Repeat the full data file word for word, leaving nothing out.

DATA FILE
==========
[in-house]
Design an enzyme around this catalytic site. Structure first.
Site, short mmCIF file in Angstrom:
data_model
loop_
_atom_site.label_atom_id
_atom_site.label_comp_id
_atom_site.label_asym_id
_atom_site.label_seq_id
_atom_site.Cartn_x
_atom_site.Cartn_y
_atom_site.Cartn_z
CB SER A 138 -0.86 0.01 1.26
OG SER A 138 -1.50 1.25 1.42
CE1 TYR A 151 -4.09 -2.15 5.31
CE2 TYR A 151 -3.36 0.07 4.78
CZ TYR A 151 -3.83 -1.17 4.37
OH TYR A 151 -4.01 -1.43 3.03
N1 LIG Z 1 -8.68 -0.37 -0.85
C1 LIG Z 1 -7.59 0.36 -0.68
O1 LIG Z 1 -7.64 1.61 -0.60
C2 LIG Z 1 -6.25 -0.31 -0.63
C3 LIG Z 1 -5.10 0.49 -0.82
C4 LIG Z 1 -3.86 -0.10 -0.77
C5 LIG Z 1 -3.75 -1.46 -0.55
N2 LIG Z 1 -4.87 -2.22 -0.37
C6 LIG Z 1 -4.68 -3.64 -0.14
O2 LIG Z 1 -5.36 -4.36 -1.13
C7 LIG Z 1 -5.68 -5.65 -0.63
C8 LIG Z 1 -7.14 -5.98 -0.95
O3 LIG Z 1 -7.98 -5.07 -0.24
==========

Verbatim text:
[in-house]
Design an enzyme around this catalytic site. Structure first.
Site, short mmCIF file in Angstrom:
data_model
loop_
_atom_site.label_atom_id
_atom_site.label_comp_id
_atom_site.label_asym_id
_atom_site.label_seq_id
_atom_site.Cartn_x
_atom_site.Cartn_y
_atom_site.Cartn_z
CB SER A 138 -0.86 0.01 1.26
OG SER A 138 -1.50 1.25 1.42
CE1 TYR A 151 -4.09 -2.15 5.31
CE2 TYR A 151 -3.36 0.07 4.78
CZ TYR A 151 -3.83 -1.17 4.37
OH TYR A 151 -4.01 -1.43 3.03
N1 LIG Z 1 -8.68 -0.37 -0.85
C1 LIG Z 1 -7.59 0.36 -0.68
O1 LIG Z 1 -7.64 1.61 -0.60
C2 LIG Z 1 -6.25 -0.31 -0.63
C3 LIG Z 1 -5.10 0.49 -0.82
C4 LIG Z 1 -3.86 -0.10 -0.77
C5 LIG Z 1 -3.75 -1.46 -0.55
N2 LIG Z 1 -4.87 -2.22 -0.37
C6 LIG Z 1 -4.68 -3.64 -0.14
O2 LIG Z 1 -5.36 -4.36 -1.13
C7 LIG Z 1 -5.68 -5.65 -0.63
C8 LIG Z 1 -7.14 -5.98 -0.95
O3 LIG Z 1 -7.98 -5.07 -0.24